Sponge filters do perform mechanical filtration (removal of debris from the water column), however this is not where they excel.
Biological filtration is their strength, which is why the best filtration would be a combination of a sponge filter and a HOB (power filter) such as the more premium Rena Smart or SuperClean Filter or SunSun Value HOB Filters.
These would provide a great combination, a one-two punch!
When a separate sponge filter is employed with an aquarium power filter, canister filter, etc, this improves redundancy of filtration in the case of one filter failing or accidentally being "over-cleaned" (where beneficial bio filtering bacteria are destroyed).
The only aspect of aquarium/pond filtration where the sponge filter falls short is in chemical filtration.
This can be added with the use of activated charcoal, or other adsorbent. However, even if the sponge filter is the only means of filtration, it should be noted that most established/healthy aquariums do not need constant chemical filtration. This is especially true in the case of planted tanks.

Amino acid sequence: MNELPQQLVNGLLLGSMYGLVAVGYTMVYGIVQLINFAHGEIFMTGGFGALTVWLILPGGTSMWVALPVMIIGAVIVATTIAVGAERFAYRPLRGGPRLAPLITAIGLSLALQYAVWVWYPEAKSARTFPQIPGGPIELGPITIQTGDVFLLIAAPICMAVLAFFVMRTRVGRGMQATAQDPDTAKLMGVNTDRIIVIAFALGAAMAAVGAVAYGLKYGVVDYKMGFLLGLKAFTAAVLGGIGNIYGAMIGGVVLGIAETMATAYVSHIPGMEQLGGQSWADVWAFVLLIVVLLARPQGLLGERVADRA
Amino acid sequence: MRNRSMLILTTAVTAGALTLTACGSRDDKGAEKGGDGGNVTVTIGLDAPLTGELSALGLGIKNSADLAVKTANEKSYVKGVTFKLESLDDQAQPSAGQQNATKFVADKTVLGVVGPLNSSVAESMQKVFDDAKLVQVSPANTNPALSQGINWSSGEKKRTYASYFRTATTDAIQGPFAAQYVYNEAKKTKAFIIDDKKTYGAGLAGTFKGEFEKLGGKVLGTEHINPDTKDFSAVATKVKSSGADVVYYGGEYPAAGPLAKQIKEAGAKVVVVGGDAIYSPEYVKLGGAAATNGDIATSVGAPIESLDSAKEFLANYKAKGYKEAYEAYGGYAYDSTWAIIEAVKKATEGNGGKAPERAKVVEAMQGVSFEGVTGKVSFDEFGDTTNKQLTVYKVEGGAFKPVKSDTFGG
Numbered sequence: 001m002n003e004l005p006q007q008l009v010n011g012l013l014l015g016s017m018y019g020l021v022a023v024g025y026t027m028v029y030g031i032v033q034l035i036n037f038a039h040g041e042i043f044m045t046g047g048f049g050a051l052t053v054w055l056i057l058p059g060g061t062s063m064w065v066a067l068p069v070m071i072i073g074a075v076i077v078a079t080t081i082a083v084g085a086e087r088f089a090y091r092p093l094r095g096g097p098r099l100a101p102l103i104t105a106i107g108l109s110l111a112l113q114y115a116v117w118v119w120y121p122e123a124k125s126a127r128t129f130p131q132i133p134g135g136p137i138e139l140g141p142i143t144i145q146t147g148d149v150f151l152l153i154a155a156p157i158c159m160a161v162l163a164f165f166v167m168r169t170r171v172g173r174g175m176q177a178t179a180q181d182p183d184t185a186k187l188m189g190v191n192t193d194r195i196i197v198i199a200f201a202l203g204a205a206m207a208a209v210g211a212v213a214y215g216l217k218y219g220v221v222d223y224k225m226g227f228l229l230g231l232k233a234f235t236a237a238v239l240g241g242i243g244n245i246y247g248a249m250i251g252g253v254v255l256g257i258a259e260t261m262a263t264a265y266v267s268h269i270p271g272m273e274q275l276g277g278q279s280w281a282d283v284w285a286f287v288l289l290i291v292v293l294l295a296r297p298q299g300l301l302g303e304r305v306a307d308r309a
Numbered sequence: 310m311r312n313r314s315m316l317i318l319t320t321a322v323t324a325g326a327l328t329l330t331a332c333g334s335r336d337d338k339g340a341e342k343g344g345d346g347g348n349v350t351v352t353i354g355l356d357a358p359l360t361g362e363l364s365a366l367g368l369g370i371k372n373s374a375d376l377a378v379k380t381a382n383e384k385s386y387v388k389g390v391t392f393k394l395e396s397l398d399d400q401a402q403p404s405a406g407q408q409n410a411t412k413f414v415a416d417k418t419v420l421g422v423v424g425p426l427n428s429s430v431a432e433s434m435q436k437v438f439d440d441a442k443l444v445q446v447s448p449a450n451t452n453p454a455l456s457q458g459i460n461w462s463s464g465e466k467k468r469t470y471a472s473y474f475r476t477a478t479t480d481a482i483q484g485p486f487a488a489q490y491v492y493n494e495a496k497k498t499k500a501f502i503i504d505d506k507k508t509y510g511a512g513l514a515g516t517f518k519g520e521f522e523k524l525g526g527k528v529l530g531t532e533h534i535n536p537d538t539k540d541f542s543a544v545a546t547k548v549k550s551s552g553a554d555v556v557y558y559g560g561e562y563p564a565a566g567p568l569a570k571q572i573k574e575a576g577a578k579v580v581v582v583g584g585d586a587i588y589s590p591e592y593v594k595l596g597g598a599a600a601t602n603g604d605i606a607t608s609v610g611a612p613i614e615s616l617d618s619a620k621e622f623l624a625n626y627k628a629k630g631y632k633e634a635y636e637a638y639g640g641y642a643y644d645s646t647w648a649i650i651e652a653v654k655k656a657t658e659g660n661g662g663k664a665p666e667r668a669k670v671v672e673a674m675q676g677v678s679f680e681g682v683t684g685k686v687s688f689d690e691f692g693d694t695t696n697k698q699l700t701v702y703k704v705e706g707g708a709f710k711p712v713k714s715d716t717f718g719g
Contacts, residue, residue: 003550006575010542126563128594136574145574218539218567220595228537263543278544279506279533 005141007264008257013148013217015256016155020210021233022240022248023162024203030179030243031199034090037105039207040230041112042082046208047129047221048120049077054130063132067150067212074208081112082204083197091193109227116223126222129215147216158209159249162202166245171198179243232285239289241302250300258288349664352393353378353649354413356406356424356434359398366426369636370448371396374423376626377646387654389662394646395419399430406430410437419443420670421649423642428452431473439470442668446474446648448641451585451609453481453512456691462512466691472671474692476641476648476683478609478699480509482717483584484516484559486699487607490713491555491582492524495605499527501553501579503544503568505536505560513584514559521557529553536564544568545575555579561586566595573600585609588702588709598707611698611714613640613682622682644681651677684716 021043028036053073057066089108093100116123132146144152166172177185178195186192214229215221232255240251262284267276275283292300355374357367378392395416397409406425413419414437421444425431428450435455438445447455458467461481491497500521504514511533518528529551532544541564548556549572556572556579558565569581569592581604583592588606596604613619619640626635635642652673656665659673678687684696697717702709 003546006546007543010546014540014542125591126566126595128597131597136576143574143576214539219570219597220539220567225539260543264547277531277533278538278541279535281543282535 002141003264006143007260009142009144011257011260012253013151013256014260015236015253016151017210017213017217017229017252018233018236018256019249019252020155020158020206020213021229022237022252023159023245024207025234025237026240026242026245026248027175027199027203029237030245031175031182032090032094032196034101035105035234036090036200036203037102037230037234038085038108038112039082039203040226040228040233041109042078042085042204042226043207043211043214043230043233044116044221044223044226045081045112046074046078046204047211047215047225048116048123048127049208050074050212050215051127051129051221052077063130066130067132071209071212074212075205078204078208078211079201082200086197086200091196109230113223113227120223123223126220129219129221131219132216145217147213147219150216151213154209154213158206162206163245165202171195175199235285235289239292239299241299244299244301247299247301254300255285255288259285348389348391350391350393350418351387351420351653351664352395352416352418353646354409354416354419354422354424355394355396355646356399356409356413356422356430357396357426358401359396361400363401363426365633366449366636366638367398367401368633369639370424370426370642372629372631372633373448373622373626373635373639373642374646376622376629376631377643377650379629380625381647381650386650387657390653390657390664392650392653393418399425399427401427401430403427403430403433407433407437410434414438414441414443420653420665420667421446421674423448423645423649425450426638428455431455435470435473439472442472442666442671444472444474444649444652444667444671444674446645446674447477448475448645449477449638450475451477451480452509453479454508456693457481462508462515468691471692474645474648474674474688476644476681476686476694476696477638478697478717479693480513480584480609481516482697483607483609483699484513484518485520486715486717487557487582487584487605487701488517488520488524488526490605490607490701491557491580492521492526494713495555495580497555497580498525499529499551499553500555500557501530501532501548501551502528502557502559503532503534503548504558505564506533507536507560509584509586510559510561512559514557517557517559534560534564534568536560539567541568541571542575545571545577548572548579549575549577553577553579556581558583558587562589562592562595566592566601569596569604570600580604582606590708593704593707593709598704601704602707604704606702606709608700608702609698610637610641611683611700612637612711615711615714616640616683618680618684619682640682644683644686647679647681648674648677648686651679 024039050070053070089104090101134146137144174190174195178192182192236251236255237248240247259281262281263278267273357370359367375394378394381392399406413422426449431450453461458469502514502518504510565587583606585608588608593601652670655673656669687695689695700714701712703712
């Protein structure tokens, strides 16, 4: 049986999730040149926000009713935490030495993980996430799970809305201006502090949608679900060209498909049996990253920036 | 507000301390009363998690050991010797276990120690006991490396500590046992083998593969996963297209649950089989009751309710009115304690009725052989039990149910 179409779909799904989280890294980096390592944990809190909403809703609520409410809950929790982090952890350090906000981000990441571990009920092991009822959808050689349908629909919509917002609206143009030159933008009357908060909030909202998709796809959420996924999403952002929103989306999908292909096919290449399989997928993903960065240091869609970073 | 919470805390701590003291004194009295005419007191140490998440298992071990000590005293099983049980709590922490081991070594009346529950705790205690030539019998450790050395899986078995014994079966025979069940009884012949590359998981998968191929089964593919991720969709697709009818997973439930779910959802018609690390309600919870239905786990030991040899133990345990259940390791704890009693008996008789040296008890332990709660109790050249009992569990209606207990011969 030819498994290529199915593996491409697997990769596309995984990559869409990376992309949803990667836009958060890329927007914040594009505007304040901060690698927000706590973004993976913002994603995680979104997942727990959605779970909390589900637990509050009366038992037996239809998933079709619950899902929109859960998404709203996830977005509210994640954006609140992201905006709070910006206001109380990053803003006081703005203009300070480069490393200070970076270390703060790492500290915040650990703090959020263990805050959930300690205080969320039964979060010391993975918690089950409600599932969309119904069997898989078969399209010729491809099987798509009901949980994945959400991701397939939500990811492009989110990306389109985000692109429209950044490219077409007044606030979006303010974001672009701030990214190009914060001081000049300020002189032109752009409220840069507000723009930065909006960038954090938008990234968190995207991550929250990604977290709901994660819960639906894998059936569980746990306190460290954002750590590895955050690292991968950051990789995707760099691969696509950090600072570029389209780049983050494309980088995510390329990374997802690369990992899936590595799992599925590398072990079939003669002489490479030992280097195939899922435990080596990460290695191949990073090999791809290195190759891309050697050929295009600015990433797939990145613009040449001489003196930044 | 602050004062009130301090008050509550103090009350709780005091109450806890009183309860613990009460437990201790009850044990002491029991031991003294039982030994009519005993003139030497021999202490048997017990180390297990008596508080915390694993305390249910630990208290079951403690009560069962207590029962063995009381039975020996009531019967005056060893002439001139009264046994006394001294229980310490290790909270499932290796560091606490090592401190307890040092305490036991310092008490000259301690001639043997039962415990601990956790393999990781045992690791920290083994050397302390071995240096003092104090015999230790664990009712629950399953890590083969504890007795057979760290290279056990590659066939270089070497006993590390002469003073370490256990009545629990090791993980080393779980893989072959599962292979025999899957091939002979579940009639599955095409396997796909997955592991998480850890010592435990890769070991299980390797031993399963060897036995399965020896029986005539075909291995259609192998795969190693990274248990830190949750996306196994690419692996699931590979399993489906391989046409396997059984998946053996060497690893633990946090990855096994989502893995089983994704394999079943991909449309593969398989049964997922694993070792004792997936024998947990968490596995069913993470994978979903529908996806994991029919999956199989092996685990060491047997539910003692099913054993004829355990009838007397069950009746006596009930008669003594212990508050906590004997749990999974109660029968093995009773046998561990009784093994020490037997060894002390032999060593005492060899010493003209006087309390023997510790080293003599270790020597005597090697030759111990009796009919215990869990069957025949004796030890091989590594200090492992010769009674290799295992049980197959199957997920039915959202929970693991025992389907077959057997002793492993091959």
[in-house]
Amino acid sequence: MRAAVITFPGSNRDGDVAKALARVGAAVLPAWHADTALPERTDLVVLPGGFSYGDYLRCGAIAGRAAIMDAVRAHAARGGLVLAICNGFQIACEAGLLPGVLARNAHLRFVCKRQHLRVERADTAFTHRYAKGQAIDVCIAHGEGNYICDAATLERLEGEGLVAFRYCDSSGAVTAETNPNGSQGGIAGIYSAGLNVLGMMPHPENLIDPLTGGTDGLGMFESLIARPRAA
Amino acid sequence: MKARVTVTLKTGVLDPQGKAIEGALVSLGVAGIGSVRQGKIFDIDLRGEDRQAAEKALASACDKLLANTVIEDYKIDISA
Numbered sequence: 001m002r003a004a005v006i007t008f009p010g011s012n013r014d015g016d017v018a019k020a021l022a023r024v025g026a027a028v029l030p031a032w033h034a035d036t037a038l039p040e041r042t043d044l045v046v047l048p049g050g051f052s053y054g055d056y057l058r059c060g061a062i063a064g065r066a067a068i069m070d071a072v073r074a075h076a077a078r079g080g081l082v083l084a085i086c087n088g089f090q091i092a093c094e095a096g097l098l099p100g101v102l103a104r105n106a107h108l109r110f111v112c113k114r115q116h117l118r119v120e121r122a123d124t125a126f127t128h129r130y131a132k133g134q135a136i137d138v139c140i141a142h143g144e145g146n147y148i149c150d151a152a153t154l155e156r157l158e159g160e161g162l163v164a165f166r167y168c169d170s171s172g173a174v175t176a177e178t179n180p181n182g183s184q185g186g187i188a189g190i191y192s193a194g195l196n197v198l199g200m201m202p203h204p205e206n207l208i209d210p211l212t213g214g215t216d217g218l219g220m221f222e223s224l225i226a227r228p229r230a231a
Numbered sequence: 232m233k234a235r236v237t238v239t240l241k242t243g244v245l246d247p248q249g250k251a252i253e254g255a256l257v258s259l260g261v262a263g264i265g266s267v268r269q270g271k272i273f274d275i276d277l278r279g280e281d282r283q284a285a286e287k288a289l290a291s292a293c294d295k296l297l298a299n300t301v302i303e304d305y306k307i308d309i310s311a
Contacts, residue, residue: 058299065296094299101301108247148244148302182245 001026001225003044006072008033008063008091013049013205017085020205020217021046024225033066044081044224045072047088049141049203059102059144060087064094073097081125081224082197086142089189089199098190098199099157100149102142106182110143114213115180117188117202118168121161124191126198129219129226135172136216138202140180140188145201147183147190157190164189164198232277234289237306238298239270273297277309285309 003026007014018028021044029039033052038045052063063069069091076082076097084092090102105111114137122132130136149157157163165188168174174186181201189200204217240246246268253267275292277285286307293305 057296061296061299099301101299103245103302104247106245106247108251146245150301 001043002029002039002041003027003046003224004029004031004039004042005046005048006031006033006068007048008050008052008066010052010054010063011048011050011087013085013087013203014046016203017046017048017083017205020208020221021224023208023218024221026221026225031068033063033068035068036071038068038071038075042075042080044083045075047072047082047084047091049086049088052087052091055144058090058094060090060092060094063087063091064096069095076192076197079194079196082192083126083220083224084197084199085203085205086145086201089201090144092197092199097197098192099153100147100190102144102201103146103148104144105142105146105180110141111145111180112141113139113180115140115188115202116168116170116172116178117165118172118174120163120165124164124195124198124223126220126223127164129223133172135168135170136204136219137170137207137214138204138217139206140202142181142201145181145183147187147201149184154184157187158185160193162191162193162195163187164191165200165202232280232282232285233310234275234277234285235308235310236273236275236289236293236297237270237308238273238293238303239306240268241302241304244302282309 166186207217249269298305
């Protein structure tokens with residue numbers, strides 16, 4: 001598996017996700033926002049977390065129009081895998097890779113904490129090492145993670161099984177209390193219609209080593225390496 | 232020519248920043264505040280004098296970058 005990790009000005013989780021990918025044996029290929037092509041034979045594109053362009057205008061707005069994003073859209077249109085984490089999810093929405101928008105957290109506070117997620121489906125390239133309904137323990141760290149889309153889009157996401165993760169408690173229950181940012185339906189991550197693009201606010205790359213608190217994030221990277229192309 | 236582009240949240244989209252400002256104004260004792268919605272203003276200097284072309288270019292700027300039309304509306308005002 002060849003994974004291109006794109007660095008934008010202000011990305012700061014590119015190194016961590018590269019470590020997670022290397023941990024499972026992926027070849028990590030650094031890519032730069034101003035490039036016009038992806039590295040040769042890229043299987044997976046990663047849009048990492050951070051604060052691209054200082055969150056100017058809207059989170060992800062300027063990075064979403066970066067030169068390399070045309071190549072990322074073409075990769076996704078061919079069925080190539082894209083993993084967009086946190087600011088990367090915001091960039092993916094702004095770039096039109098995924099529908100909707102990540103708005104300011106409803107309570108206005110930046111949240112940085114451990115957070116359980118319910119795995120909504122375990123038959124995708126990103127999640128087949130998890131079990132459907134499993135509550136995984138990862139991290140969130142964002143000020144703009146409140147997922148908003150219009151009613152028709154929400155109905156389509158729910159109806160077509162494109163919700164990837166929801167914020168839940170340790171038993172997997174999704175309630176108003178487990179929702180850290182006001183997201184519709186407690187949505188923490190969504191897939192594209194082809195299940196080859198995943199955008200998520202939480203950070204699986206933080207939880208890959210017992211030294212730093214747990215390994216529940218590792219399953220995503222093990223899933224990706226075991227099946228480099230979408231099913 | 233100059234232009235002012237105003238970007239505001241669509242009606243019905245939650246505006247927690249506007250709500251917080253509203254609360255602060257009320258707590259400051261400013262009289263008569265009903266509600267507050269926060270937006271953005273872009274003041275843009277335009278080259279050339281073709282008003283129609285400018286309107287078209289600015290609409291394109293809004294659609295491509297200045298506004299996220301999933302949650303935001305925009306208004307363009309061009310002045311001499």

As well, the aquarium keeper could place a nylon bag with Nirox Superior Grade Carbon, SeaChem Purigen, or other chemical filter media at the base of the sponge filter and the movement of water around/through the sponge filter will allow for some chemical filtration.
The picture to the left demonstrates the use of a prescription bottle for a DIY carbon filter. This can be placed under or behind a sponge filter where the water current is stronger. I have found this to be very useful in tanks where the sponge filter is the primary filter in a small aquarium such as a Betta tank.